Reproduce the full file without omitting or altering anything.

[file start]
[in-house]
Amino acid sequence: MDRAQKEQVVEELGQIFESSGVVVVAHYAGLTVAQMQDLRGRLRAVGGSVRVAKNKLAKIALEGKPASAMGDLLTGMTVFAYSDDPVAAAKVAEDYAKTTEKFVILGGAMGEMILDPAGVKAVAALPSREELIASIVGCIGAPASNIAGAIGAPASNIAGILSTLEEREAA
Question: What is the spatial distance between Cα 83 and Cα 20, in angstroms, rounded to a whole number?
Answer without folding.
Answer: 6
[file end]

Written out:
[in-house]
Amino acid sequence: MDRAQKEQVVEELGQIFESSGVVVVAHYAGLTVAQMQDLRGRLRAVGGSVRVAKNKLAKIALEGKPASAMGDLLTGMTVFAYSDDPVAAAKVAEDYAKTTEKFVILGGAMGEMILDPAGVKAVAALPSREELIASIVGCIGAPASNIAGAIGAPASNIAGILSTLEEREAA
Question: What is the spatial distance between Cα 83 and Cα 20, in angstroms, rounded to a whole number?
Answer without folding.
Answer: 6